My husband and I have been having an ongoing argument for the past two days about Caleb Moore's snowmobiling accident in this year's X Games.
In case you don't already know, Moore was attempting a backflip when he came up short, and his 450-pound snowmobile landed on top of him. As of press time, he was still in critical condition with major head and chest trauma, and his grandfather told The Denver Post that his prognosis was pretty dire.
Ryan's take is sort of a "boys will be boys" perspective.
"Why is everyone blaming ESPN? How is it their fault?" he bellowed, his volume rising as it often does when his mouth is open and words are coming out of it.
"Why are you yelling?" I said, my computer on my lap as I stalked people I no longer speak to on Facebook. "You don't think prime-time television, sponsor dollars and prize money is going to encourage someone to go too far?"
He flashed me one of those don't-you-dare-disagree-with-the-king looks, pursing his lips together in frustration before he spoke.
"No, I don't. We did that kind of stuff as kids all the time. I'm lucky I never got killed."
I didn't say, "I wouldn't call driving your Chrysler E-Class nose-first into a frozen lake the same thing as doing backflips on a snowmobile." Instead I said, "I'm not having this argument with you. We'll just have to agree to disagree."
Here's the thing. Over the course of my career, I've known a lot of athletes who have risked their lives and some who have died.
Whenever an athlete dies doing something that is inherently risky and sometimes just plain stupid, they are regarded as a martyr. They are revered for "dying doing what they loved." They are forever immortalized and cherished by the people who are left behind and are forced to make these kinds rationalizations in order to survive their grief.
While I get that these athletes often are beloved because of the very qualities that make them the best at what they do in the first place, I don't see it that way. I see it as selfish, and it seriously pisses me off.
I have a friend who is a professional snowboarder who is constantly pushing the limits of riding big mountains. He's been doing this now for well over a decade, taking what he calls "calculated risks" and reiterating to me and anyone who asks that he is not afraid to walk away when things don't feel right. He is deeply respected and highly regarded by everyone who works with him for his meticulousness in risk assessment and backcountry expertise.
When his daughter was born almost eight years ago, I asked him, "So now that you've had a baby, are you going to stop doing this stuff?"
A typically mellow dude, he was as incensed as he was perplexed by this question.
"Why would I stop now? I'm the strongest I've ever been," he said, dismissing me as much with his words as with his tone.
Now that he has two kids, I asked his wife how she copes with it.
"I really don't know much about what he's doing until it's already over," she said, hidden behind a frozen smile.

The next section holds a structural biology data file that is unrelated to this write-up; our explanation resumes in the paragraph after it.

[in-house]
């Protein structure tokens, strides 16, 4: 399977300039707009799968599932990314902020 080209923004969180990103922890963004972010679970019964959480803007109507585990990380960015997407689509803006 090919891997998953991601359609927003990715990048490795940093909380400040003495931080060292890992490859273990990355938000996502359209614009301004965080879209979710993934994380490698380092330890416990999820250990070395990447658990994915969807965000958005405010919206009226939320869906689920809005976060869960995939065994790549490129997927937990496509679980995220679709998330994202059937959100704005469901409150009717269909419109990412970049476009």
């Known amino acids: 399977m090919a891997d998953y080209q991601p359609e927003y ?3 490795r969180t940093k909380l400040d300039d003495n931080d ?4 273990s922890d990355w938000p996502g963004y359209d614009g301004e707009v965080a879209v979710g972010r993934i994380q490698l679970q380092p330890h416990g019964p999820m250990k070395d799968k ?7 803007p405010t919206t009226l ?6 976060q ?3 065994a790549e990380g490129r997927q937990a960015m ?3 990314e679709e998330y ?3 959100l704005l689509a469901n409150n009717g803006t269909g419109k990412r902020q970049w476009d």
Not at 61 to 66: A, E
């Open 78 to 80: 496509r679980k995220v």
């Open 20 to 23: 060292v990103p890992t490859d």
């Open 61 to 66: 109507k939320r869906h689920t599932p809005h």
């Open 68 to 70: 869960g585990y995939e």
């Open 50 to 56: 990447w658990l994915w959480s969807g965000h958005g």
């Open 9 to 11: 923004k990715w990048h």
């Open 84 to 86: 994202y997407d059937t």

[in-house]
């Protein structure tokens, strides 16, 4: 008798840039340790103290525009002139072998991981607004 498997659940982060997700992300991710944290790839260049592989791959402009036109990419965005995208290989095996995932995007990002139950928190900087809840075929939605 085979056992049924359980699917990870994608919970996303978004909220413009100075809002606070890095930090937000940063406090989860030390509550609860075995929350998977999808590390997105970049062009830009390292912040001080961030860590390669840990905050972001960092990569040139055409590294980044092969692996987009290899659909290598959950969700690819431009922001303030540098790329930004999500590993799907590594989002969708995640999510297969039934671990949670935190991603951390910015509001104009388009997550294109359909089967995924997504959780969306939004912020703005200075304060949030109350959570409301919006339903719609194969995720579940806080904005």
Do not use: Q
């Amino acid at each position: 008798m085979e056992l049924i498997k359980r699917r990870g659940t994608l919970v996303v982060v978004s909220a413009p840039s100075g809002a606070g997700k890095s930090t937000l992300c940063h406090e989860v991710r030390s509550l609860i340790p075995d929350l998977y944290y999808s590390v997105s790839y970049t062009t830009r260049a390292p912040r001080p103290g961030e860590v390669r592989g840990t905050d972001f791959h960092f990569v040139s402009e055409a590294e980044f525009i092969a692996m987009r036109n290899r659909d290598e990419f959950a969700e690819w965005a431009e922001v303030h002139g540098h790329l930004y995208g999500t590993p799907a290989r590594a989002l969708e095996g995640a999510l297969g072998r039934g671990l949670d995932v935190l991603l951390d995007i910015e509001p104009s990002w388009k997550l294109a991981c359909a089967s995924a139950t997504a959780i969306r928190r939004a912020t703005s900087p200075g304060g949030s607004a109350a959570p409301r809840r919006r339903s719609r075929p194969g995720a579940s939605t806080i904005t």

I remember that when I asked her about it before they were even married, she said, "He told me if I express my fears or my doubts, it could jeopardize his safety, just planting that seed in his head. So I don't say anything."
Other athletes' wives I've talked to over the years say they just learn to accept it.
"It's like being married to a pilot or a firefighter," one said. "It's who he is."
In the trailer for an upcoming documentary on Shane McConkey, who died ski BASE jumping in Italy in 2009, Scot Schmidt said, "People like Shane would say they're not afraid of death. They would say they're afraid of not living life fully."
In Shane's own words, "It's not that I like to scare myself. It's just a byproduct of what we do."
In the three-minute trailer, there are photos of his wedding, of his baby girl, of his father crying and his friends tearing up.
Everyone loved Shane, but I'm sorry: Isn't it time to think about hanging up your BASE-jumping parachute when it's not just your life at stake but the people who love you and will suffer heartbreaking grief when you're gone?
In the documentary, Shane's wife is as stoic as she is beautiful when she says, "I would never stop him from doing what he loved."
We've lost members of our own community to skiing and snowboarding accidents and avalanches, some of them the result of risk taking or poor judgment, and some of them were just accidents.
The same could be said of Moore. This was a trick he'd landed dozens of times, so what went wrong? Was it some random, arbitrary, butterfly-flapped-its-wings event that can cause any number of fatal accidents? You always hear people defend their dangerous pursuits with the line, "It's no less dangerous than driving on the freeway in your car," but I'm not so sure.
What I see are people who, despite their expertise, are increasing their odds every time they take a "calculated risk," and sooner or later, as we have witnessed countless times, it catches up with you.
I also find it disturbing that ESPN has remained silent in terms of covering Moore's story other than to release a statement that essentially denies responsibility. I guess an accident of this magnitude wasn't supposed to be part of the show.
While I do think it's a little, er, extreme to hold ESPN accountable, I also think there's a point when the whole concept of "extreme" becomes something else entirely, like insane.
To donate money to help pay Moore's medical bills, go to www.giveforward.com/calebmoore. Send your love to firstname.lastname@example.org.